Stan Tracey at Trinity
One purpose of being a student is to show what a particular student cannot do.
One of many things that, in Oxford in the seventies, I found that I could not do was to be a jazz promoter.
The death tonight of Stan Tracey reminds me of that inadequacy - as well of some leaping, bubbling music, some of which I am playing on Spotify now.
In 1970 I could claim, with only mild exaggeration, to be a young jazz critic. I had won a competition in the Daily Telegraph to write a short piece every month. Stan Tracey was one of my subjects. I wish I could rediscover now the album that I had at that time but Spotify is not as helpful as I need it to be.
But back then, at Trinity College Oxford, we had space, a hall, the money to pay for Stan Tracey. Why should we not offer the greatest British jazz musician to our fellow students?
No reason, I thought.
The first problem came when the maestro came to check the piano.
I was not sure at first that it was Tracey himself. Surely I thought (far too much thinking here) he would have someone else to test his pedals.
But Tracey - then and, it seems, for most of his life - lived and played without the 'people' that is genius merited. In 1970, I discover now from his obituaries, he was close to giving up and becoming a postman.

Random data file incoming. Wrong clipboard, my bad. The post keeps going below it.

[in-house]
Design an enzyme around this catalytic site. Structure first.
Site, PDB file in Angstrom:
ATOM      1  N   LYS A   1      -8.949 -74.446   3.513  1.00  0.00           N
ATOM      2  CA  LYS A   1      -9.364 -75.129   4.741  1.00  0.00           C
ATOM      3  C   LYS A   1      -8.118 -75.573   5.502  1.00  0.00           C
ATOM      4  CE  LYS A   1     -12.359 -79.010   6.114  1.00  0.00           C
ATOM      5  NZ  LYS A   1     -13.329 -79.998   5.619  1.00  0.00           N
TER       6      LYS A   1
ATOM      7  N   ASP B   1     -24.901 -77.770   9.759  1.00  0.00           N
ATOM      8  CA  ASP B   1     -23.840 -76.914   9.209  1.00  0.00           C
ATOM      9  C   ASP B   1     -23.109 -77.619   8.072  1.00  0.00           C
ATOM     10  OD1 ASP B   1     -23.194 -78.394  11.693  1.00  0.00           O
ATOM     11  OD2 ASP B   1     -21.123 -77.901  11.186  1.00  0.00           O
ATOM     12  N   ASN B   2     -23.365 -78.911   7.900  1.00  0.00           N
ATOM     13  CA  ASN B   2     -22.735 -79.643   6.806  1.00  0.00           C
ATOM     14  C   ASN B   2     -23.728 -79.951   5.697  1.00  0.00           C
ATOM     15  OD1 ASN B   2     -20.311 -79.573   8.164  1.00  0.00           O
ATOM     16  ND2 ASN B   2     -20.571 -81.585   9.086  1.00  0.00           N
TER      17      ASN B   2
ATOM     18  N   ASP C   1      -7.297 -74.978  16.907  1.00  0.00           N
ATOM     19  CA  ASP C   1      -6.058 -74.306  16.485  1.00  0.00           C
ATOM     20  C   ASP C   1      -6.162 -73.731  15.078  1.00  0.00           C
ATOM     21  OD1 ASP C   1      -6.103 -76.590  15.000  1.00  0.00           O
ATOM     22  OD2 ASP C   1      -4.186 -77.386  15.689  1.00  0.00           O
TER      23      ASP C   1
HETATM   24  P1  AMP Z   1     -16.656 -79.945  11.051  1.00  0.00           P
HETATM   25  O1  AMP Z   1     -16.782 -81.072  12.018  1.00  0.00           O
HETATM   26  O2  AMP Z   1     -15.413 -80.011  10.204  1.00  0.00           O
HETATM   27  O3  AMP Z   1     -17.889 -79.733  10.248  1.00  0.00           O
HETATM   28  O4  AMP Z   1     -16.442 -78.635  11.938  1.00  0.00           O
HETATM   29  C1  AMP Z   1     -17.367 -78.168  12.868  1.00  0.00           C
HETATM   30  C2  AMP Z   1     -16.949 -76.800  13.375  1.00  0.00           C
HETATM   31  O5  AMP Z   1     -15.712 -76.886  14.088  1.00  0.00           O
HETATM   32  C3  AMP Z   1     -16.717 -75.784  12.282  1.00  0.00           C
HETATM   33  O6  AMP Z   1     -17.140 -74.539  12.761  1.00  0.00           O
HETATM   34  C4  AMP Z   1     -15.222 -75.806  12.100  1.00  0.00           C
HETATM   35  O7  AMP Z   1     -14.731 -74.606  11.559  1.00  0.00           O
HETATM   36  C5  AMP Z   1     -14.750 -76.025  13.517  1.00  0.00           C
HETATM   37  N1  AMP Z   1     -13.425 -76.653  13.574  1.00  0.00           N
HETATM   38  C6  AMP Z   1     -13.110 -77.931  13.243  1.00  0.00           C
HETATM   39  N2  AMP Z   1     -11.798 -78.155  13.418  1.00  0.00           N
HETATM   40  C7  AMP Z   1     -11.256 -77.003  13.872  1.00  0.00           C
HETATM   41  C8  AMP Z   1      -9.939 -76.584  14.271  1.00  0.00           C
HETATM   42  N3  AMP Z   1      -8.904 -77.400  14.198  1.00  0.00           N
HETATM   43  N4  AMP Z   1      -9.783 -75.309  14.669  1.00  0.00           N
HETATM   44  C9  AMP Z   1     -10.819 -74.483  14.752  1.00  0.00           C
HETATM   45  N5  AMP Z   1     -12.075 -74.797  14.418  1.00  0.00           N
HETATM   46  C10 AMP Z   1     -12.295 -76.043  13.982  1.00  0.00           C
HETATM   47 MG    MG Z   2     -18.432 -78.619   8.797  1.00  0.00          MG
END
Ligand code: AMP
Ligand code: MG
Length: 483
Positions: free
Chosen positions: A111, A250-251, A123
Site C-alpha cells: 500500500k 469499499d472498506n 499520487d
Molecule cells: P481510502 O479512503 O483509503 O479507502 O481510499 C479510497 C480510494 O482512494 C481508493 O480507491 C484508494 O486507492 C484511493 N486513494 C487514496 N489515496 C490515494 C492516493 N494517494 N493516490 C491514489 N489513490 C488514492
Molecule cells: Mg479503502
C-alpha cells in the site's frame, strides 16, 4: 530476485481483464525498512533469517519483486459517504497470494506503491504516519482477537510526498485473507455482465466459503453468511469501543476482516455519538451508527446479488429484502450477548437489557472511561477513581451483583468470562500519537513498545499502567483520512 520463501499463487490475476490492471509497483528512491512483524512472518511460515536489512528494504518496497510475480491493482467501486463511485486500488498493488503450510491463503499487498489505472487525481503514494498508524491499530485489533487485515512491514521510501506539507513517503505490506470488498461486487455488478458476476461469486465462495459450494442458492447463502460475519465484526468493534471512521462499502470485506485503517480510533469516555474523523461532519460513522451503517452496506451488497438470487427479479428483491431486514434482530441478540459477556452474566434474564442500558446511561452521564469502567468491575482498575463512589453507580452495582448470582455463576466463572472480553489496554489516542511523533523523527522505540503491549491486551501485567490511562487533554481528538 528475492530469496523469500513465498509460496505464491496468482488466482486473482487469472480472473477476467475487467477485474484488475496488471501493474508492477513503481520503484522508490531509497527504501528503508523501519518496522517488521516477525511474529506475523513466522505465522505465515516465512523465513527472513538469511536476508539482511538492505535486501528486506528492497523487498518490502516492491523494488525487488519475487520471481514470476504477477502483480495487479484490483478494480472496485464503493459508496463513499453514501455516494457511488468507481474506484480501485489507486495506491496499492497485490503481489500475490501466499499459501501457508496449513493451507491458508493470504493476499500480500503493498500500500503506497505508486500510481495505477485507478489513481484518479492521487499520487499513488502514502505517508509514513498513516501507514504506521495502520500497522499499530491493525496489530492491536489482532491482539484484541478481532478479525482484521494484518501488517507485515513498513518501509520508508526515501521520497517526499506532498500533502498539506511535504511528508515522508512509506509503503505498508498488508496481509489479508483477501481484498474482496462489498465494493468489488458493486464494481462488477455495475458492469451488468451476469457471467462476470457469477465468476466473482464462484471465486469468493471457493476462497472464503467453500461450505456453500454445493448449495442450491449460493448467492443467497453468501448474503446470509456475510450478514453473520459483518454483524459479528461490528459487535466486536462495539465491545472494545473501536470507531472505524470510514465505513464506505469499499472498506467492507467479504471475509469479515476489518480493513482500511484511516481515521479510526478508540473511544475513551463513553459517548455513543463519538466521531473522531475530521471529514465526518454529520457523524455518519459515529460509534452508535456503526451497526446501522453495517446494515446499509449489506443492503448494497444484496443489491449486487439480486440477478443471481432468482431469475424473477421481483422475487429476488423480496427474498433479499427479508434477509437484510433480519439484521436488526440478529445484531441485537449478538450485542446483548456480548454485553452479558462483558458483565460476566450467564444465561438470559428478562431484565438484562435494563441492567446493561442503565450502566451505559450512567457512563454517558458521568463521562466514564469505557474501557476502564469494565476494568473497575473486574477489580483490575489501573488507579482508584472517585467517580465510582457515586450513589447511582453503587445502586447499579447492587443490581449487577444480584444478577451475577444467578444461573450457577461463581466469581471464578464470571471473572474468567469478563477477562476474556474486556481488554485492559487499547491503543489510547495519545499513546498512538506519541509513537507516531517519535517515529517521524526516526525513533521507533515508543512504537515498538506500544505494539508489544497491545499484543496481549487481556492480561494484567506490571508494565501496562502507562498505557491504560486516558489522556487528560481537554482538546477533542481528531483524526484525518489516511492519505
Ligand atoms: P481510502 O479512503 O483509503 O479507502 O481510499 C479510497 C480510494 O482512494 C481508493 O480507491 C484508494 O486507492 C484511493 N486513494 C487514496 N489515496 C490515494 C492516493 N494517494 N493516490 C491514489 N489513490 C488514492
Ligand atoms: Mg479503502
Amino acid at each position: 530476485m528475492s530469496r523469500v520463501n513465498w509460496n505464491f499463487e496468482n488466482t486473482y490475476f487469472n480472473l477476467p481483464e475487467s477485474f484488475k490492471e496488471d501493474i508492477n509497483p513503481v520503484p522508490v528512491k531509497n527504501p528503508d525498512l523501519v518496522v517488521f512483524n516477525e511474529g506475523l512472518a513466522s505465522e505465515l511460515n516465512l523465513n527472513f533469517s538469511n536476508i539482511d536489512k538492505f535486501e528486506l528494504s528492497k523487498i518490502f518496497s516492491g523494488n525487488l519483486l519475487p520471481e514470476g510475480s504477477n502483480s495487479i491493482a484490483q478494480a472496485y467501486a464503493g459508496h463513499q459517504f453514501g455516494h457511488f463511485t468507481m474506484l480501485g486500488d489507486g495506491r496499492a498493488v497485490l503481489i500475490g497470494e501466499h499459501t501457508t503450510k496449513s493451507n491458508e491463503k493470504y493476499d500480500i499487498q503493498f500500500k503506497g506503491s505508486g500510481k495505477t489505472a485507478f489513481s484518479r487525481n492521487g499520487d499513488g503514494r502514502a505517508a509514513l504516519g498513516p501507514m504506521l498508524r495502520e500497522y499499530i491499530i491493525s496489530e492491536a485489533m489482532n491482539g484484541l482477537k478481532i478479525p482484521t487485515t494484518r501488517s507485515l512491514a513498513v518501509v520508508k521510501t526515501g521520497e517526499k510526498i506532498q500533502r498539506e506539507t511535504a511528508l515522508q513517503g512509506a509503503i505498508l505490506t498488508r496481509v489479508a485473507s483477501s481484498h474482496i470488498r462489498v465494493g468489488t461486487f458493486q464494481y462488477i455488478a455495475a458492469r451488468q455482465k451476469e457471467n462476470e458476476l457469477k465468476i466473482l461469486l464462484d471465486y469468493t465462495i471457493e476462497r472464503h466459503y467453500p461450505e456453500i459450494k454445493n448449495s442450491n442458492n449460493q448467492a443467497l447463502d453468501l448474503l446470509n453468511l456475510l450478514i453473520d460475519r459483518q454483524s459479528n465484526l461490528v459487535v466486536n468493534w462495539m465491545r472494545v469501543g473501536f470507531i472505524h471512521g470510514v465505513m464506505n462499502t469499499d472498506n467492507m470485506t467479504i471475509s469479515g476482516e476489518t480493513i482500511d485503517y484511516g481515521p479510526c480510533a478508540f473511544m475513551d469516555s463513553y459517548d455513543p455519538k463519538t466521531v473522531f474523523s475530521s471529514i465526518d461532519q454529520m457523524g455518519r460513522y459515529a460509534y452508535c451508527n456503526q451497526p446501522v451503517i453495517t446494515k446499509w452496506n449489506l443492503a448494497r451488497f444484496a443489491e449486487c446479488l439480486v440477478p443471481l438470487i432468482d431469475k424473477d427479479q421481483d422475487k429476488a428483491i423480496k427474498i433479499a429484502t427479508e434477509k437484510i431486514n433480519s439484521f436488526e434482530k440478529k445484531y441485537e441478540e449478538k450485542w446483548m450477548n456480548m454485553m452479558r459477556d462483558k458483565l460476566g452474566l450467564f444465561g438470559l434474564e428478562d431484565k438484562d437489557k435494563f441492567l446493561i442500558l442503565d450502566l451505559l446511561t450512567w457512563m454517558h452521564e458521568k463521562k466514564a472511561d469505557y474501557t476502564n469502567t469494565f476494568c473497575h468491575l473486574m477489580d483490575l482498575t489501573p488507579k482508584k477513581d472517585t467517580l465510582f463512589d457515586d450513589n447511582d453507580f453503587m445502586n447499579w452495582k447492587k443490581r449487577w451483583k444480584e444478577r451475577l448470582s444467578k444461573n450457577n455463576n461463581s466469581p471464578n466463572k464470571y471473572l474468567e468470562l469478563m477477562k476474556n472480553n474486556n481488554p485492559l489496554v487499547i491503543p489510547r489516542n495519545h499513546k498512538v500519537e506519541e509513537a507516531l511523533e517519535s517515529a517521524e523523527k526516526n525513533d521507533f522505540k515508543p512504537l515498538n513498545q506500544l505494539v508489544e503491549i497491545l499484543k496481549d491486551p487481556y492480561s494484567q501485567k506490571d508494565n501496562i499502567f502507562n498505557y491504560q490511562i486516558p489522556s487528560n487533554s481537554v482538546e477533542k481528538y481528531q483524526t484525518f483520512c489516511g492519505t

Our piano, expensively hired and carried into our dining hall though it had been, was no good. The wouldn't-be postman made that very clear, like one of our tutors rejecting the scansion of a Latin line.
A retuning was required - and in those generous financial days was ordered and quickly achieved, albeit at some significant cost to to our margins for profit.
All that remained was to wait for the band to return before the announced time - and for the paying audience to follow.
Tracey was in place precisely as paid for. So were the three other players for the night. The oil-painted college founders beamed down benignly upon the scene.
A band of my closest friends was there too, but only my closest friends, encouraged by the Trinity College Arts Committee's commitment to interval drinks.
At the moment when the music was about to begin a bustle of bearded men (and one woman) arrived, probably not students but who cared or could tell?
They seemed prepared to pay but they needed some questions answered.
Were we offering the Stan Tracey Septet, which seemed to be what they wanted?
Or the Quintet which seemed to be what they were expecting?
Or the Quartet which was going to send them instead to an evening at the White Horse?
The White Horse had a good night.
Mr Tracey played for the agreed time, precisely for the agreed time, took his money and left.
After that I never rediscovered my fiercest enthusiasm for the man who made jazz a British art like no other ever had or has.
An early lesson for me about critics and money-makers and how the two may be resistant to mixture.
RIP to Stan Tracey.